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Club Med in the High Alps

Going for cold.

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Founded in the 1950s, Paris-based Club Méditerranée—better known as Club Med—was the first all-inclusive resort company. In the decades since, the French brand has evolved—so much so in recent years that many of its resorts may look nothing like what comes to mind when you think “Club Med”. Back in the day, Club Med symbolized a party-hearty kind of place that catered to singles. Plastic pop-off beads paid for bar drinks, guest rooms resembled cell blocks, rum punches were potent, and no one remained a stranger for long. “Sun, sex, and sand” was the Club Med reputation.

So, how do you shift opinion about a brand with such a well-established image? Burberry did it. So did Cadillac. And Howard Stern.

Club Med enjoyed phenomenal growth and success in the 1970s and 1980s—growth that extended far beyond its Mediterranean beginnings. By the mid-1980s it was the world’s largest vacation-village operator. The 1990s, however, were the beginnings of Club Med’s financial troubles: the club’s aggressive program of growth and expansion had been expensive, forcing the postponement of much-needed refurbishments; the decade saw unstable political conditions (wars in the Persian Gulf and Yugoslavia); rivals cropped up, offering similar or more affordable rates; and the club’s attempts to diversify its offerings sometimes put its guests’ experience out of line with its image, requiring a costly and challenging brand refocus.

In 2002, Henri Giscard d’Estaing (son of former French president Valéry Giscard d’Estaing) was named chairman and began to trim Club Med’s roster of villages (the entire bottom third of the portfolio, in fact), present a more discerning benchmark, and steer a corporate strategy to focus on sun and ski destinations. Over the last 10 years, the company has invested one-billion euros in the opening and renovation of numerous resorts. Snow holidays are notoriously full of hidden costs, and so, in line with its pioneering spirit, Club Med’s trademark all-inclusive approach would deliver the most comprehensive upscale ski experience.

Club Med has 20 villages in the Alps, (as well as two ski resorts in Asia), each with its own unique character—and, on December 14, the company is set to open what it calls its “flagship new generation ski resort” in Val Thorens, Europe’s highest ski resort. Club Med Val Thorens Sensations, located in the mountain setting of the Trois Vallées, lives up to its stunning surroundings. With more than 600 kilometres of ski slopes, Val Thorens Sensations will have direct access to the largest ski domain in the world.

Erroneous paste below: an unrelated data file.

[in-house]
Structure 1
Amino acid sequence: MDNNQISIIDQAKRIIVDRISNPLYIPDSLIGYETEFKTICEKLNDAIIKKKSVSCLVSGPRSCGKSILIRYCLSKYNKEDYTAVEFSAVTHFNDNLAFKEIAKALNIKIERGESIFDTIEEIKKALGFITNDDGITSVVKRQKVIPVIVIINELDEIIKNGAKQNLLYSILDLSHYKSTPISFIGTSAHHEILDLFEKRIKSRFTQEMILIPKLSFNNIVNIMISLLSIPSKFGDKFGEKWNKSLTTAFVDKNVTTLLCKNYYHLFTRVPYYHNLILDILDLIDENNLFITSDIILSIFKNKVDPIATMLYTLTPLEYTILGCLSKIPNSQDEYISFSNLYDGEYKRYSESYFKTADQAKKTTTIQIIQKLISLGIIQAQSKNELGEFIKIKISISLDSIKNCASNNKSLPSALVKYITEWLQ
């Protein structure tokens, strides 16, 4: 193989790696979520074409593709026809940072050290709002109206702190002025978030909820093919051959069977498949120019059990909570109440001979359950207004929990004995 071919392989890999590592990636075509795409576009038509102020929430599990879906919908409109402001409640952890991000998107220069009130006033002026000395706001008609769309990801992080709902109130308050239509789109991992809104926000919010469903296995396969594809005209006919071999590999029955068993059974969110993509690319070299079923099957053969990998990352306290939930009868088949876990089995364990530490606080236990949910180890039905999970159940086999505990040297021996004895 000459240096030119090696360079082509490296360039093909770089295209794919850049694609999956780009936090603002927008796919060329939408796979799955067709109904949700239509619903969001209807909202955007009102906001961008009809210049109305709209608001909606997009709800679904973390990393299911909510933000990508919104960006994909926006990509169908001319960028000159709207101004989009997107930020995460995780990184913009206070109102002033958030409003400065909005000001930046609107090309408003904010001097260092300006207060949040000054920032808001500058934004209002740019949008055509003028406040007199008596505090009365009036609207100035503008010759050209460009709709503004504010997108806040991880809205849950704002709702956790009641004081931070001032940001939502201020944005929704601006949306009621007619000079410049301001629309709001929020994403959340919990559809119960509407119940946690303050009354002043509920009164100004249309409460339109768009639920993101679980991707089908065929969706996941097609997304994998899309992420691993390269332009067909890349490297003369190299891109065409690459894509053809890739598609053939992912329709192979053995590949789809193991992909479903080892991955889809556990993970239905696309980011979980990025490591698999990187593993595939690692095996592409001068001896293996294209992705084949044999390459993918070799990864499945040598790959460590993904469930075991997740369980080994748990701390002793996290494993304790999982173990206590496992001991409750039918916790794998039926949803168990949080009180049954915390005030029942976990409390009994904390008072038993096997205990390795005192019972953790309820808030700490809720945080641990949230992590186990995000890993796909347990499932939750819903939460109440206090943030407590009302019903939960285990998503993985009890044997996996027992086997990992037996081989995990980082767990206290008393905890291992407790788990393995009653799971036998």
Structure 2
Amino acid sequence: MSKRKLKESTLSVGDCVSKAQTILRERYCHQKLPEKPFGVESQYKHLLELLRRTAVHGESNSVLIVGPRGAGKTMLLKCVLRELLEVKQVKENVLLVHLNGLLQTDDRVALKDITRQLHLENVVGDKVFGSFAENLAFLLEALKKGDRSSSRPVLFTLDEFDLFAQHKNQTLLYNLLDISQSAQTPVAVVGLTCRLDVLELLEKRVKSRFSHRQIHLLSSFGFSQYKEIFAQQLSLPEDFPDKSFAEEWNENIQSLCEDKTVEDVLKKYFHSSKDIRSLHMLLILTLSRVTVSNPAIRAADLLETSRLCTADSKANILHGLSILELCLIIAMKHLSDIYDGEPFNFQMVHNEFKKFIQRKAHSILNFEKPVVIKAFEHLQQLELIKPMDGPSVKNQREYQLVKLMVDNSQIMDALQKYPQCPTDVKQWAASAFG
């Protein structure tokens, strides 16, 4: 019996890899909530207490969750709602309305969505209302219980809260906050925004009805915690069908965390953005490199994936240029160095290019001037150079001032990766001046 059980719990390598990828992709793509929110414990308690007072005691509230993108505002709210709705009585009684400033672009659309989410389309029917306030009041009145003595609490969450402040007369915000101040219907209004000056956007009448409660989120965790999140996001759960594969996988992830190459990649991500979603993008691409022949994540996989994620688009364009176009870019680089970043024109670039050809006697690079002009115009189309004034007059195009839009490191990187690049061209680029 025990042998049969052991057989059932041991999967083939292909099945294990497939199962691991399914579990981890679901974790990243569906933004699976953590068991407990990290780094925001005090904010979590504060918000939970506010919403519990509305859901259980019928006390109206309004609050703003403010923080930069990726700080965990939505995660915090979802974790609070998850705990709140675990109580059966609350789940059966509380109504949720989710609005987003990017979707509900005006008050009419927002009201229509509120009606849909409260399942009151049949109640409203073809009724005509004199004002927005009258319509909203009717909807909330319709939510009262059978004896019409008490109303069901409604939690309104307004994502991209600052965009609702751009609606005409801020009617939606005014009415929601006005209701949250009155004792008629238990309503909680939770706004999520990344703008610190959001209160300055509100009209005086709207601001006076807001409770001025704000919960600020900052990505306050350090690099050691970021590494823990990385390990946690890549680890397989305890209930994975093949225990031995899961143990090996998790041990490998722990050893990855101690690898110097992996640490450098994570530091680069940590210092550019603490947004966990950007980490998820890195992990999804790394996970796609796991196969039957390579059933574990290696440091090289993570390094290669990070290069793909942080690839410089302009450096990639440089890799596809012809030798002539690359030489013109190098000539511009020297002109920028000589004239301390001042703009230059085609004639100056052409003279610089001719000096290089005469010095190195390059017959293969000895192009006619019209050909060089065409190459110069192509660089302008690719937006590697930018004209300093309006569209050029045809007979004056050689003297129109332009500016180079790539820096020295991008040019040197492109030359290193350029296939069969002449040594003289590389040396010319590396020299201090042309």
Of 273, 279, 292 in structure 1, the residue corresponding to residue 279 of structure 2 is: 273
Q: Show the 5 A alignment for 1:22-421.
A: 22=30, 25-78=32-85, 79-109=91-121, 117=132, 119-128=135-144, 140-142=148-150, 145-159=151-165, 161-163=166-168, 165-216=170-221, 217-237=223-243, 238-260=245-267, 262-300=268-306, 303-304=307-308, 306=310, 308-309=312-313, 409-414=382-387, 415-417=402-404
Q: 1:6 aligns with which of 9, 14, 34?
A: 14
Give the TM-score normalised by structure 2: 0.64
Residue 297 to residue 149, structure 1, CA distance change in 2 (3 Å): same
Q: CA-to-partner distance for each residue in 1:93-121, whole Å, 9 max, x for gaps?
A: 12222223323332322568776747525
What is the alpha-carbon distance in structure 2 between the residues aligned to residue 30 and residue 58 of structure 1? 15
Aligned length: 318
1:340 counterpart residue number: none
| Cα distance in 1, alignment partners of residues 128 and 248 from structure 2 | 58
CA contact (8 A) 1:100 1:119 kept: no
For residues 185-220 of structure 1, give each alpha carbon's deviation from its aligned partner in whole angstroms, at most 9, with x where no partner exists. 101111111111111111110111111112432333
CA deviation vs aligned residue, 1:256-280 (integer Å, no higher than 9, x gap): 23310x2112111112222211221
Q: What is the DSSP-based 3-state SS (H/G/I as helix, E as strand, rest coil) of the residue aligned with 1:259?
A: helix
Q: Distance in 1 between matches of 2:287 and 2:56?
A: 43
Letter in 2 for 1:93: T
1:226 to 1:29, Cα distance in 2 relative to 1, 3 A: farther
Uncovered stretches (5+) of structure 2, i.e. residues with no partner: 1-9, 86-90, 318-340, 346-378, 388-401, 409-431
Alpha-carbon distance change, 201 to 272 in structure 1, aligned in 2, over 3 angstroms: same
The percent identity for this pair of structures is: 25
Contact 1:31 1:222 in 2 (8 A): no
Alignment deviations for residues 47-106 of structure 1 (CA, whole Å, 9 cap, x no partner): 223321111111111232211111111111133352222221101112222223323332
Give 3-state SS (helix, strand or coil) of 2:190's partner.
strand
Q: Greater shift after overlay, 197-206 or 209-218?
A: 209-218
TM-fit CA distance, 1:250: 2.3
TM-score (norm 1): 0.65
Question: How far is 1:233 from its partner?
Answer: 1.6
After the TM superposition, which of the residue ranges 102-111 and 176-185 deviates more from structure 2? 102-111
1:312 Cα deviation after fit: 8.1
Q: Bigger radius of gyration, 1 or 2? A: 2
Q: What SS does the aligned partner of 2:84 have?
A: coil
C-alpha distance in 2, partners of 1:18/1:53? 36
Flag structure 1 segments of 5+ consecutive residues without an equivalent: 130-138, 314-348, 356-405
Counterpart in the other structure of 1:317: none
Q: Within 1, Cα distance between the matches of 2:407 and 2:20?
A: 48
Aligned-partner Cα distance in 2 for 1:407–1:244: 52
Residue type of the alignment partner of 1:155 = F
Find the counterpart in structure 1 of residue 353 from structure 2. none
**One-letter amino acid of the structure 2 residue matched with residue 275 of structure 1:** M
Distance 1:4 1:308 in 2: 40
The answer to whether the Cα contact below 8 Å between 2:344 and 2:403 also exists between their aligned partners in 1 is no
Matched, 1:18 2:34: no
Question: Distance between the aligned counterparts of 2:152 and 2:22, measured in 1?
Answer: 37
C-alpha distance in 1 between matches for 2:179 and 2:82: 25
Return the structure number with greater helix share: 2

There is a special magic to skiing in the Alps. Nowhere else in the winter-sports world—not in the Rockies, the Andes, or New Zealand’s Southern Alps—are the peaks so sharp, pristine, and numerous. Nowhere else is the scene quite so glamorous.

One winter holiday at Club Med in the Alps is all that is needed for proof that the company has evolved into a refined resort brand with innovative facilities catering to every need. On arrival, you won’t have to traipse off to a rental shop to get fitted for skis and boots—all facilities are on-site and you can choose from many levels of equipment. Snowboarders, naturally, are catered to as well, along with cross-country skiers. Instructors are certified by the École du Ski Française (ski instruction and passes are included in the initial tariff) and all levels of ability are supported. (Children can learn to ski from the age of three.) Nothing is left to chance, and there is no end to the thoughtful extras included as standard. Many of the Club Med villages are on the piste, so it goes without saying: ski-in, ski-out. (And in the remainder of villages, lifts are minutes from the property.) The variety of the resorts means there’s bound to be one that fits the bill. You could opt for Valmorel, ideal for families with children of all ages, or, for the ultimate luxurious retreat, Val d’Isère, the tiny village in northeastern France nestled between regal peaks close to the Italian border.

Club Med has next set its mountain sights on Canada, as the company has signed a letter of intent for a partnership agreement to jointly operate a Club Med at Le Massif de Charlevoix, close to Quebec City. The property, one of the next editions in Club Med’s 65-plus all-inclusive worldwide resorts, will be the company’s first foray into Canada as it continues to refine its brand and expand its global reach.


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Post Date:

December 9, 2014

Updated:

December 22, 2014